Right of way: Rails-to-trails fans will be happy to hear that the Philadelphia suburbs will soon have a new path to play on. .

The new, multiuse recreational trail, to be located on SEPTA’s former Newtown Branch rail line, dates back to the 1800s and has been out of service since 1983. It will be 2.5 miles long, 12 feet-wide and will connect Tamanend Park in Upper Southampton Township to the popular Pennypack Rail Trail in Montgomery County.

The trail’s right-of-way runs between the Historic Southampton Train Station at 613 Second Street Pike, and the Strathmann Home Center on Knowles Avenue in Southampton. Once completed it will be part of the Circuit, an 800-mile bicycle circuit in the Delaware Valley.

The $2.4 million project was a joint effort between Bucks County, Montgomery County, and Upper Southampton Township. The design costs were funded by PennDot’s Act 13 Marcellus Legacy Fund, Montgomery County, and the Delaware Valley Regional Planning Commission’s Regional Trails Program via the William Penn Foundation. Its construction cost will be funded through PennDot’s Congestion Mitigation and Air Quality Program.

Catadelphia held a shelter building workshop to help provide protection for feral cats from the upcoming winter weather.
MICHAEL BRYANT / Staff Photographer
Catadelphia held a shelter building workshop to help provide protection for feral cats from the upcoming winter weather.

Give 'em shelter: Want to help a stray cat? Consider building a shelter.

Catadelphia recently held a shelter-building workshop at the St. Timothy parish gymnasium at 3001 Levick St. This was the third year the group offered the workshop.

The shelters, which cost about $10 to make, provide feral cats a warm, safe place for the winter, said Chris Woolslayer, a volunteer with Catadelphia, whose main mission is to trap, neuter and release the felines. Animal advocates estimate that Philadelphia has as many as 400,000 community cats — those without homes or owners.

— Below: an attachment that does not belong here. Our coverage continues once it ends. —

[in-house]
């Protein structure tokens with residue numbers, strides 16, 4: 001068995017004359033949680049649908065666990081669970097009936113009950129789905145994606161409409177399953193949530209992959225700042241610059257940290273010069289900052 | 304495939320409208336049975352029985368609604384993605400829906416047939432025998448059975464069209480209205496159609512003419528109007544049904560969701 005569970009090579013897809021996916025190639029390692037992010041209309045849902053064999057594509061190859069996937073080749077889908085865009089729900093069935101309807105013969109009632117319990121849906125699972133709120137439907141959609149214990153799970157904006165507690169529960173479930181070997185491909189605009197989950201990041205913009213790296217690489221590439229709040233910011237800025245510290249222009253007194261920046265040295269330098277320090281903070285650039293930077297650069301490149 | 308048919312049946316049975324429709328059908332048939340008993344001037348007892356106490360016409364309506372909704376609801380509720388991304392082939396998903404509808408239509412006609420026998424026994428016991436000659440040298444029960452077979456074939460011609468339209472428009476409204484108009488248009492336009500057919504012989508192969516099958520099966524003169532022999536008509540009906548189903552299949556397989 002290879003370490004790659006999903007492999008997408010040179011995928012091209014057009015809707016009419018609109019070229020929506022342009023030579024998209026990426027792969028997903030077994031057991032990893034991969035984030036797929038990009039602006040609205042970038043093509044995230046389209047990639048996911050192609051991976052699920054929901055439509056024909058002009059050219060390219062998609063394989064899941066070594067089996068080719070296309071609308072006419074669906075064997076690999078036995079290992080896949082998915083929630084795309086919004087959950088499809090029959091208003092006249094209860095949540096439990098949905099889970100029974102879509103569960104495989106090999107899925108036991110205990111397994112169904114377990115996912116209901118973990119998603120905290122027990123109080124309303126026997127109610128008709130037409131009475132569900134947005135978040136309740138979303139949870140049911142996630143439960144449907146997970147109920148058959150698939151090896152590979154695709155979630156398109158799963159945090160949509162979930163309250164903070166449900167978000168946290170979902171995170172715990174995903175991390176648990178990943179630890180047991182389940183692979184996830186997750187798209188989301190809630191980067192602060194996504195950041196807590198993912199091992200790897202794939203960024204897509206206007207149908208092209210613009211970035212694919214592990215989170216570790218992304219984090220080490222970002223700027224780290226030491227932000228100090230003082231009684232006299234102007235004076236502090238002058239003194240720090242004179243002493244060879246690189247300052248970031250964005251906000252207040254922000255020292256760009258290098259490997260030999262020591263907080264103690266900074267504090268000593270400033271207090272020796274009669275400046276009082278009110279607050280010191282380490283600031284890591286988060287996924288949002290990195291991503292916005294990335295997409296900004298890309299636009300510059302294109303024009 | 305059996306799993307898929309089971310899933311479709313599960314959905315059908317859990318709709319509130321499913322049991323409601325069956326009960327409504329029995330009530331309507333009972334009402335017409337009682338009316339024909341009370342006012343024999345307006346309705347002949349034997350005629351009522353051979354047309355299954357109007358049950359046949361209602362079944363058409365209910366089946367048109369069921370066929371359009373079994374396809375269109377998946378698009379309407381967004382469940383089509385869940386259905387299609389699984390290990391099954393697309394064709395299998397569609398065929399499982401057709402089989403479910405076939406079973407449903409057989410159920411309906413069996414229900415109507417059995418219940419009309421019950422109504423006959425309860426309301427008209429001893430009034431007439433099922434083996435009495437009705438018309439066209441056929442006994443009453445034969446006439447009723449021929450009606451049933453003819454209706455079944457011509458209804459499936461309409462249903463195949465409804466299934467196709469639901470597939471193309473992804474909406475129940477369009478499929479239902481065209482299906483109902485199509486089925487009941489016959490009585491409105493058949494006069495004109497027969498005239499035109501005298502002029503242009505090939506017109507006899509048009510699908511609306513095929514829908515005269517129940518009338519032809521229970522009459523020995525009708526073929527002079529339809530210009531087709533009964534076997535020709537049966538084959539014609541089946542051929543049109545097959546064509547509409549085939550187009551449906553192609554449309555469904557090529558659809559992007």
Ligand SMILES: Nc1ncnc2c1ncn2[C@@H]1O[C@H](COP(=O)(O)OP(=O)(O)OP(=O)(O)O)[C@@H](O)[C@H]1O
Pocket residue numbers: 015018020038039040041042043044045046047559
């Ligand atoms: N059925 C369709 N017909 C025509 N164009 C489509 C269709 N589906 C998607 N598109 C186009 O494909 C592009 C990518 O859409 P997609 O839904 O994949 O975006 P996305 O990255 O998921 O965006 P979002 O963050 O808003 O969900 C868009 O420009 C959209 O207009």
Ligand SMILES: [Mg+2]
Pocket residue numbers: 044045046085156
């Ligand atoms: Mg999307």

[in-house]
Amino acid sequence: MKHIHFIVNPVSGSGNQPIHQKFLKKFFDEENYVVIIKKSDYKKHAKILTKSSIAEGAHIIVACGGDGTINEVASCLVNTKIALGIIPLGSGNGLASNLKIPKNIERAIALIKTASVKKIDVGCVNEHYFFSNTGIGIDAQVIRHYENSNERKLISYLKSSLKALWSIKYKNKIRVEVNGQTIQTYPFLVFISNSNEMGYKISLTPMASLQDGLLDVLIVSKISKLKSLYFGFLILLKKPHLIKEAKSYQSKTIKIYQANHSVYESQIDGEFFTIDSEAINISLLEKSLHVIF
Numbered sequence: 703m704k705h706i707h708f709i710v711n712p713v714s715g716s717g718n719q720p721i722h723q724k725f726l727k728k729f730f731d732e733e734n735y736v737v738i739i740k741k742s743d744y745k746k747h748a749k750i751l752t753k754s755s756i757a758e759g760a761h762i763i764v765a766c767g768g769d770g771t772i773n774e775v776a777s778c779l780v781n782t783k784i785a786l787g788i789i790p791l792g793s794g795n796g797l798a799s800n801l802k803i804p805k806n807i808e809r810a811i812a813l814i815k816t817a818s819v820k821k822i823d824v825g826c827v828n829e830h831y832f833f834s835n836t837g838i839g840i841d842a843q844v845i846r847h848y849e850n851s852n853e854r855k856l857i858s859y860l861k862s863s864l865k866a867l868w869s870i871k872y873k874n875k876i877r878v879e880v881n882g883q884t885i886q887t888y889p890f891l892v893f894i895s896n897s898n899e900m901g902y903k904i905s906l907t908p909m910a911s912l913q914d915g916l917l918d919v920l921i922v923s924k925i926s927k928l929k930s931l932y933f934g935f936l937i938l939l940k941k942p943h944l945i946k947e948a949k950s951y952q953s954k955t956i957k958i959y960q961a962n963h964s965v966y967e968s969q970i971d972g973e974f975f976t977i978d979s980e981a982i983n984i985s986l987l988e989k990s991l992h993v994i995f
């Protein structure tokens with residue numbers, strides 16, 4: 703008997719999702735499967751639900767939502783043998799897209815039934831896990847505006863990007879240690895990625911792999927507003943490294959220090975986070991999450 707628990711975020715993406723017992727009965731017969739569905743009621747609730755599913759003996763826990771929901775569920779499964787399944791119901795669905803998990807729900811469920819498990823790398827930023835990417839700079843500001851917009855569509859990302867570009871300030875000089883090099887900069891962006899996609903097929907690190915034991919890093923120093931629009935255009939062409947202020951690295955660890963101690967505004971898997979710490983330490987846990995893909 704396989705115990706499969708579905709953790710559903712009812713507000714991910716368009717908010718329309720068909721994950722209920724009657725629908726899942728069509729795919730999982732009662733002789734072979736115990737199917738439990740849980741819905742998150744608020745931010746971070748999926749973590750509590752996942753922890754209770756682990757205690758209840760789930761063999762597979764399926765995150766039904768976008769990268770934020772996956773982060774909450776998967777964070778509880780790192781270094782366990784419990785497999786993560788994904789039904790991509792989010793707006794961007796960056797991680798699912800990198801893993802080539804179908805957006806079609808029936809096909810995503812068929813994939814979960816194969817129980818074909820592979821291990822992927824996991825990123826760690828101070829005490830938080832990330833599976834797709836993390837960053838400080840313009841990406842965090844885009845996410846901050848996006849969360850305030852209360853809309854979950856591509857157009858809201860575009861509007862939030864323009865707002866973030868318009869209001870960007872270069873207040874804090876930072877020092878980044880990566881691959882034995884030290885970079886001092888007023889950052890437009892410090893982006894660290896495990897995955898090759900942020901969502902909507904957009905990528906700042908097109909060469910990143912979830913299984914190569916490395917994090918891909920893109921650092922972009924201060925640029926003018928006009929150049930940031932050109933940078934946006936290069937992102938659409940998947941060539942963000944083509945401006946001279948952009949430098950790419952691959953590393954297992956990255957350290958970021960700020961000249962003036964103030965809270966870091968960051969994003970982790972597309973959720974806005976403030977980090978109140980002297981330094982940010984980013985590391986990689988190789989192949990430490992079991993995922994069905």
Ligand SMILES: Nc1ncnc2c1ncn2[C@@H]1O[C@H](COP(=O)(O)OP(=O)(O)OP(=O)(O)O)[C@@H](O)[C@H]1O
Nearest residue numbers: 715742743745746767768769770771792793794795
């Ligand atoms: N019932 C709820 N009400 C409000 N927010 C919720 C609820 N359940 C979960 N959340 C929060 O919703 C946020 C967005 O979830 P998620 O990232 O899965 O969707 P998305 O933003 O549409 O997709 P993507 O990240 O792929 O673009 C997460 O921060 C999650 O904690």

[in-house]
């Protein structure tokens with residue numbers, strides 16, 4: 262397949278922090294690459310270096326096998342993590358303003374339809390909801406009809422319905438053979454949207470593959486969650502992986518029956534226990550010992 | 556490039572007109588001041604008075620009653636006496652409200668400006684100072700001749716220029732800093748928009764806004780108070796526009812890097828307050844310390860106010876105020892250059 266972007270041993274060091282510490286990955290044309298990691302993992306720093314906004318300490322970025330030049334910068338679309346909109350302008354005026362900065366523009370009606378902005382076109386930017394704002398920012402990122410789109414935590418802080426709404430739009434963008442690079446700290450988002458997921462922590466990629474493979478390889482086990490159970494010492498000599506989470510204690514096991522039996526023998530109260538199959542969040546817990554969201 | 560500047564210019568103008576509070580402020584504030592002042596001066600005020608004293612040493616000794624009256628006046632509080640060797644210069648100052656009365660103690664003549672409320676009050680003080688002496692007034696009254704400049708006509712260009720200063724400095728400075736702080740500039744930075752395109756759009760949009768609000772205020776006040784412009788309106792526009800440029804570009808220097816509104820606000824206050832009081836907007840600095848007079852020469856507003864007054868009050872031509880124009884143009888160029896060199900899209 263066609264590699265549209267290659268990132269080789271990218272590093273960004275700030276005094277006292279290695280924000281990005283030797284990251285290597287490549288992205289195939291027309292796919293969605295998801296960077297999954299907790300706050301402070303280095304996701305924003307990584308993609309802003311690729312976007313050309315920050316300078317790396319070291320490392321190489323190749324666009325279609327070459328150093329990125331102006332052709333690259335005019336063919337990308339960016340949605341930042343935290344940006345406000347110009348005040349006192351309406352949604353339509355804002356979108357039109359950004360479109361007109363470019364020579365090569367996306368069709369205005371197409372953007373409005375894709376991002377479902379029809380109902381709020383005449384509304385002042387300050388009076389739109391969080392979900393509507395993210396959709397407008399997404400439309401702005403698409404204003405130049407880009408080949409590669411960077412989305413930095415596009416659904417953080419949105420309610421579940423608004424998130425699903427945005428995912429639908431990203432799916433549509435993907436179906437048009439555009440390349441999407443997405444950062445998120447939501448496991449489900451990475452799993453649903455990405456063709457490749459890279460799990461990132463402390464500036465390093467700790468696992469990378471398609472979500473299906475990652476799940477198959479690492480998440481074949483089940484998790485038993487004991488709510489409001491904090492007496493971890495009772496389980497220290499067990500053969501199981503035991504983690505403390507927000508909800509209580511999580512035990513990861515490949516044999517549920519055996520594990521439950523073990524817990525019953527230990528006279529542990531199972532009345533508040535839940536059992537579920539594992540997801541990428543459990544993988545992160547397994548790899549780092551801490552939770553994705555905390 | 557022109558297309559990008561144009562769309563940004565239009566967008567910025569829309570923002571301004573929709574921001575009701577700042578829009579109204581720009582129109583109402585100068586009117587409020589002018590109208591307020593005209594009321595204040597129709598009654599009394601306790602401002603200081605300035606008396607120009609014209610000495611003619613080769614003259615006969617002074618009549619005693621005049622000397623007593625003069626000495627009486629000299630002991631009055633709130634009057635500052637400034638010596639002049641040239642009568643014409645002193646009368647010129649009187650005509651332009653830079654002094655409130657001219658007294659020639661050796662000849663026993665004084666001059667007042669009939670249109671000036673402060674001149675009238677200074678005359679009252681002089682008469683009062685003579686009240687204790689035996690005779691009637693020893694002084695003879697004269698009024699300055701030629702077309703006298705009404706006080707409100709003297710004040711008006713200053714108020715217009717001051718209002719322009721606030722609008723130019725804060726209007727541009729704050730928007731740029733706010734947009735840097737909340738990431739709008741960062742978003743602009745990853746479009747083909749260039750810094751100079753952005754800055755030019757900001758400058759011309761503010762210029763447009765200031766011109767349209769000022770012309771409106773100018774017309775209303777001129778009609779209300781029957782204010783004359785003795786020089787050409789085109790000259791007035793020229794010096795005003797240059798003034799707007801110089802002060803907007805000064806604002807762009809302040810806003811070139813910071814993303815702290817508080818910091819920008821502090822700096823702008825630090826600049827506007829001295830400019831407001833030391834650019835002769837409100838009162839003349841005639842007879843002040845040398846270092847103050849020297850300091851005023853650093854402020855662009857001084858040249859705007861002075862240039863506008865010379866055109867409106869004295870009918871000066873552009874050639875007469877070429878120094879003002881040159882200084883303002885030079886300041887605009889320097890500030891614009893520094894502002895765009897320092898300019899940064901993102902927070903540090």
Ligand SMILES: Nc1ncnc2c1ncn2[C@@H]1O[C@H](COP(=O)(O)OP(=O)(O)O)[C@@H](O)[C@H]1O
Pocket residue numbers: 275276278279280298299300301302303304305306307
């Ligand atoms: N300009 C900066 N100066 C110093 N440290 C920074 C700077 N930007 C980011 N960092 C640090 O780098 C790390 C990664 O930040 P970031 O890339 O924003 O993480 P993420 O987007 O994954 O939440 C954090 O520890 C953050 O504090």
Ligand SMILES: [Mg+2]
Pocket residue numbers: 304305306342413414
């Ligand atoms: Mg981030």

Workshop participants build the houses out of plastic bins, insulation and tape, with straw added for extra comfort. Some participants also decorate the bins, which usually wind up in backyards, alleys, or abandoned lots frequented by the homeless cats.

The tiny cat condos are usually inhabited by feral cats who have been scooped up as part of an effort to reduce the region’s stray population but are not deemed adoptable. They are then neutered and returned to the area where they were caught.

For more info, go to www.catadelphia.org.

JoAnne Fischer, was recognized as a Distinguished Daughter of Pennsylvania.
Ron Tarver / Staff Photographer
JoAnne Fischer, was recognized as a Distinguished Daughter of Pennsylvania.

Exceptional women: Distinguished Daughters of Pennsylvania, a 70-year-old professional organization that recognizes the exceptional contributions and achievements of women in the state, recently honored the 2019 award recipients at a luncheon in the Governor’s Residence in Harrisburg.

This year’s local winners include:

Angela Duckworth, the founder and CEO of Character Lab, a nonprofit that provides science-based advice to parents and teachers; Carmen Febo-San Miguel, a retired family medicine physician and executive director of Taller Puertorriqueño; JoAnne Fischer, the former executive director of Maternity Care Coalition, who was recognized by President Obama as a White House Champion of Change; Marci Hamilton, a professor at the University of Pennsylvania and founder, CEO, and academic director of CHILD USA; and Leslie Stiles, who is currently board president of the Pennsylvania Conference for Women.

— Mari Schaefer